Flashing MicroPython to STM32 Nucleo

In Windows

MicroPython can easily be run on any of the compatible STM32 Nucleo boards listed by flashing the newest version to the board using the ST-Link program.  A list of compatible boards can be found at the bottom of MicroPython’s download page under “Firmware for other boards”.  However, the dfu files listed on this page cannot be natively flashed to the Nucleo board; rather, a hex file must be built and compiled from the MicroPython source code.  The process to do this is quick and easy, and should take only a few moments.  For this tutorial, a new Nucleo-L476RG will be flashed with the newest version of MicroPython.

In order to simplify the process, we will be using the Windows version of the ST-Link software to flash the built MicroPython image to the Nucleo board; however, it is tremendously easier to build the hex file using a unix-based operating system.  For the purpose of this tutorial, we will use a Debian virtual machine to do this; however, any unix environment will work (unix servers, Raspberry Pi, etc.)   Note:  It is recommended to use either Debian or Ubuntu as the linux distro.  Other version will work but the procedure may differ from this tutorial.

Create and configure a Debian VirtualBox virtual machine

  1. Install the most recent version of Debian Linux to a VirtualBox virtual machine.  There are countless online resources documenting this procedure.  For further info, read here.
  2. Log into unix.  Open a terminal window.  Enter the following commands one by one into the terminal window.  Press enter/return after each command, and wait for the {your-user-name}@debian or root@debian prompt between entering each command.  Replace {your-user-name} with the username you chose during installation.  Note:  Instructions preceded with >>> are notes, not commands to be entered.

Building MicroPython for your Nucleo board

All pre-requisite packages and software should now be installed, and you can clone the MicroPython source.  Enter the following commands into the terminal. When entering the last make command, a list of supported boards to replace {your-board-model-here} can be found here, the directory names are all valid board types.  Use no spaces and all caps.  See images below.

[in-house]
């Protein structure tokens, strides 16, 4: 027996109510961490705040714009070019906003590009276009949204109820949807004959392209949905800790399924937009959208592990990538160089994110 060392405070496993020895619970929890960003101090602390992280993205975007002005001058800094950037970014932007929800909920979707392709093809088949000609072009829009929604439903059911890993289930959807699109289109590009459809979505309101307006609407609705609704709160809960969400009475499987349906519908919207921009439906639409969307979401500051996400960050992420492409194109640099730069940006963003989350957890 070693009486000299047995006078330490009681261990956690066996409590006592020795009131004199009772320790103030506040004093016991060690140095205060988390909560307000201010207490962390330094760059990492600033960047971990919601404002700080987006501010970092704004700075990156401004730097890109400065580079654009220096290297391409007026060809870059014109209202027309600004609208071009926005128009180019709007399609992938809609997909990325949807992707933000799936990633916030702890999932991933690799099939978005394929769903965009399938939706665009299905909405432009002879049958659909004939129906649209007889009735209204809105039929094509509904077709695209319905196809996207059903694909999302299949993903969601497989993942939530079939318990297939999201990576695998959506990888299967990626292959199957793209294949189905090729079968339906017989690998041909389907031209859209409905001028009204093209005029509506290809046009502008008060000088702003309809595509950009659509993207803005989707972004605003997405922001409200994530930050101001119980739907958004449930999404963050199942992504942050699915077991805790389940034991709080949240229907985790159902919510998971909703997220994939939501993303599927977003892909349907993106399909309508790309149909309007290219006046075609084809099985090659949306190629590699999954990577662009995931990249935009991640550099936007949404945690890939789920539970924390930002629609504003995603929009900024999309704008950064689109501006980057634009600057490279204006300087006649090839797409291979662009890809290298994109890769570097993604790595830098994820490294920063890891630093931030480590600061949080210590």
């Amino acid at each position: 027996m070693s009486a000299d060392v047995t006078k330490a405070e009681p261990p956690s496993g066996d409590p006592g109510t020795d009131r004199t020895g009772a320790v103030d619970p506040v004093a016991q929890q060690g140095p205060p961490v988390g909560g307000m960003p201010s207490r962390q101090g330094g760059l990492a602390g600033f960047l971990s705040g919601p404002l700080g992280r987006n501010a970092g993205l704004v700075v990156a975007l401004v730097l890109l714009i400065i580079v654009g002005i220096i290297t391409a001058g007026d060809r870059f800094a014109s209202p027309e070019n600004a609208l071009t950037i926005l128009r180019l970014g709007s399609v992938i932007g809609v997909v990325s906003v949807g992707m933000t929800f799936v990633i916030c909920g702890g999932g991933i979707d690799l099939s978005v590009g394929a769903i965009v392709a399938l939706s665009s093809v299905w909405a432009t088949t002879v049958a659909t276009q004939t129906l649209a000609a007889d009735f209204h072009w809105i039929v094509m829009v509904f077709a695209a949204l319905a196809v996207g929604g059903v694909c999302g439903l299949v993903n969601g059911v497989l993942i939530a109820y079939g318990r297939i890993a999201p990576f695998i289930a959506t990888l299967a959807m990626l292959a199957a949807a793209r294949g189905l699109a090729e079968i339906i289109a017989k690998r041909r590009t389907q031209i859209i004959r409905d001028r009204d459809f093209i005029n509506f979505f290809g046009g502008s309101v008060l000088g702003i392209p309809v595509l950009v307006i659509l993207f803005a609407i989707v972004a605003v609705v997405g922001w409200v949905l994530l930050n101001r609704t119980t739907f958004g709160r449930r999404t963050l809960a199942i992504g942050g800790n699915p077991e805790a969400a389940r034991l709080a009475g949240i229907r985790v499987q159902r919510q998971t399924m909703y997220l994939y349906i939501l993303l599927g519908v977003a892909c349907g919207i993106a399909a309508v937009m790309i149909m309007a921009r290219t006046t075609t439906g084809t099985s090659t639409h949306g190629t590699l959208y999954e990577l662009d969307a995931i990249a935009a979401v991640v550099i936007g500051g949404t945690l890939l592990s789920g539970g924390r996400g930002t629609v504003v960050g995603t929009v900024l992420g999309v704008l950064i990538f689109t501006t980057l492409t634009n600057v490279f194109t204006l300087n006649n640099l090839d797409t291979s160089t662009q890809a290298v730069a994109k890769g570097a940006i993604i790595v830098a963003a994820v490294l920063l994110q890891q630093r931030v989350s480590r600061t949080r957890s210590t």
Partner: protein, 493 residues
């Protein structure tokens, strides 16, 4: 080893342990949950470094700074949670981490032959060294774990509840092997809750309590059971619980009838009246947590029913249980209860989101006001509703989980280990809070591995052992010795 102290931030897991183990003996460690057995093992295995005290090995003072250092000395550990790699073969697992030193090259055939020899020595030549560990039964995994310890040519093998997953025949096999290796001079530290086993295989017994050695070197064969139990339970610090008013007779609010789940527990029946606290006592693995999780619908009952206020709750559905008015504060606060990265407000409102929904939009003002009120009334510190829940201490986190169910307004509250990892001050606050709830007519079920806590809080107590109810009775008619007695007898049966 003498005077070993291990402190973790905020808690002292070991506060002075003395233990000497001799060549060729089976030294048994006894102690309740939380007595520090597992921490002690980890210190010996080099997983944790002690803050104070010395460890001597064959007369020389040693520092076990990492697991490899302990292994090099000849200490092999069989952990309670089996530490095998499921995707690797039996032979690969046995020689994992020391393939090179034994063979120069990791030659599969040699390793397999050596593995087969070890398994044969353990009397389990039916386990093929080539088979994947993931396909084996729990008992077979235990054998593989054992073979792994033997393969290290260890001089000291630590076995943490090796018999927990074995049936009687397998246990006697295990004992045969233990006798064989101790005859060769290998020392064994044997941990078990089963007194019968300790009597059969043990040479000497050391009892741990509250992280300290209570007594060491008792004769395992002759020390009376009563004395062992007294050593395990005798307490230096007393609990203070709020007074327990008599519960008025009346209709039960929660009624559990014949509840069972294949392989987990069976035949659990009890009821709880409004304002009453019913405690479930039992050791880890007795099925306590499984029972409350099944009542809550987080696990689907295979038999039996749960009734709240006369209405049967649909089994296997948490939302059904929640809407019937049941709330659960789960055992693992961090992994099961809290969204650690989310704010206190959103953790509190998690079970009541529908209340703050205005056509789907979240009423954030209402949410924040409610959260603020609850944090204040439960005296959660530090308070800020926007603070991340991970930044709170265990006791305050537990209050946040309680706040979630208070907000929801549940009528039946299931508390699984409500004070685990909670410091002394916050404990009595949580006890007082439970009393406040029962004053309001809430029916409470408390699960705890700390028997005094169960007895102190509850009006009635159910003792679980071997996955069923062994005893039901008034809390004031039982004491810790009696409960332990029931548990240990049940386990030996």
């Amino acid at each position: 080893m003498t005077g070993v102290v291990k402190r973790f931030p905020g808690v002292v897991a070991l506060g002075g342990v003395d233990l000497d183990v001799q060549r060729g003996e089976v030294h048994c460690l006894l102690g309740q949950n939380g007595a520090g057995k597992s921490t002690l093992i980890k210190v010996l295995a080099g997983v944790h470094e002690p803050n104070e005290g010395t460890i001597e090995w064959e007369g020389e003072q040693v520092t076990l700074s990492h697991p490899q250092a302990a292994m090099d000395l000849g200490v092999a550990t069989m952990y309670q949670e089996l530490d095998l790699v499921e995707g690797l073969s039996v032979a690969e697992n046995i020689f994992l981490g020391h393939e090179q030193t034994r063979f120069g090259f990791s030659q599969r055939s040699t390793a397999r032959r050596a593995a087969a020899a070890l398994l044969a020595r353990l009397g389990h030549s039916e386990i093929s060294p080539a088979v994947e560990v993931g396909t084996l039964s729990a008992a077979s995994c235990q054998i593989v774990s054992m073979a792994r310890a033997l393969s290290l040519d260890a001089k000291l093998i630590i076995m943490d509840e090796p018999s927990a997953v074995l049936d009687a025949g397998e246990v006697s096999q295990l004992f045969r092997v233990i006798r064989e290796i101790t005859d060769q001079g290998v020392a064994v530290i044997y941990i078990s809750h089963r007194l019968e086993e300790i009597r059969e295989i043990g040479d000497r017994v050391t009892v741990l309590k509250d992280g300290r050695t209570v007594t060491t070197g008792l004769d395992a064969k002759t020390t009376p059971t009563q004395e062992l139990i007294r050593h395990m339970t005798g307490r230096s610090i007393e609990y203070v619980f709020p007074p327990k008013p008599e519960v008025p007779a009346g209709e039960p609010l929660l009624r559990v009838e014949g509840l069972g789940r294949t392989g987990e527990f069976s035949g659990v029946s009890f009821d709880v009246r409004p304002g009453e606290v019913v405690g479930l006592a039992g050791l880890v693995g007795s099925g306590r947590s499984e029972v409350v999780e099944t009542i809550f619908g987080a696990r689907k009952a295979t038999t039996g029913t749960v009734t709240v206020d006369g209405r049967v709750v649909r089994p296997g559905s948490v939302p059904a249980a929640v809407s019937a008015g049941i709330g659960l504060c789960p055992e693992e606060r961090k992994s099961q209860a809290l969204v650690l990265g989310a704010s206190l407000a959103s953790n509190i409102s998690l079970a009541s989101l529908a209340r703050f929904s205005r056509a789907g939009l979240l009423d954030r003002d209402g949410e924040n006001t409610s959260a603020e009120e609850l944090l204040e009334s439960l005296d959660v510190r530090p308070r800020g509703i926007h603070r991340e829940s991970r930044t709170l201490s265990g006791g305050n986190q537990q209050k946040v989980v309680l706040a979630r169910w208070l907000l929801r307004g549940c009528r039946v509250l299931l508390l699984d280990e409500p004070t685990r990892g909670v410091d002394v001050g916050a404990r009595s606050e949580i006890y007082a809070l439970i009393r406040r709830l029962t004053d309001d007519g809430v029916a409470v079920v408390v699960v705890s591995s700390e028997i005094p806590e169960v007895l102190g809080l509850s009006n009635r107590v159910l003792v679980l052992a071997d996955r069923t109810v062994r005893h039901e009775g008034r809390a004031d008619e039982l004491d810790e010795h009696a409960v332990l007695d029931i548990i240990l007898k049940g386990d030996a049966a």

Upon success, the terminal should display the following “LINK build-NUCLEO…” message:

If you have this message, you have successfully built MicroPython for your Nucleo board!

Copying files from VirtualBox virtual machine to host

We need the firmware.hex file that was built in unix on a Windows PC.  If you built MicroPython on a dedicated unix computer or did not use a VirtualBox virtual machine, the following steps do not apply and you must find a way to copy firmware.hex to your Windows PC.  The following procedure documents copying the firmware.hex file from a VirtualBox virtual machine to the Windows host.

  1. Right click the network icon on the bottom right corner of the VirtualBox window and select “Network Settings”.  See highlighted image below.
  2. Select “Host-only Adapter” from the drop down menu next to “Attached to”.  Click OK.
  3. Open a terminal window in Debian.  Type “ip address”.  Write down the IP address under “link/ether” after “inet”.  See image below.  IP address from image below is 192.168.25.101
  4. Minimize (but do not close) VirtualBox.  In Windows, open your favorite FTP client (I recommend FileZilla Client).  In the FTP Client, enter the IP address from the previous step as the host, your unix username and password as the FTP account, and use port 22.  Note:  If your FTP client does not allow you to specify port number, enter sftp://{your-ip-address-here} into the host field.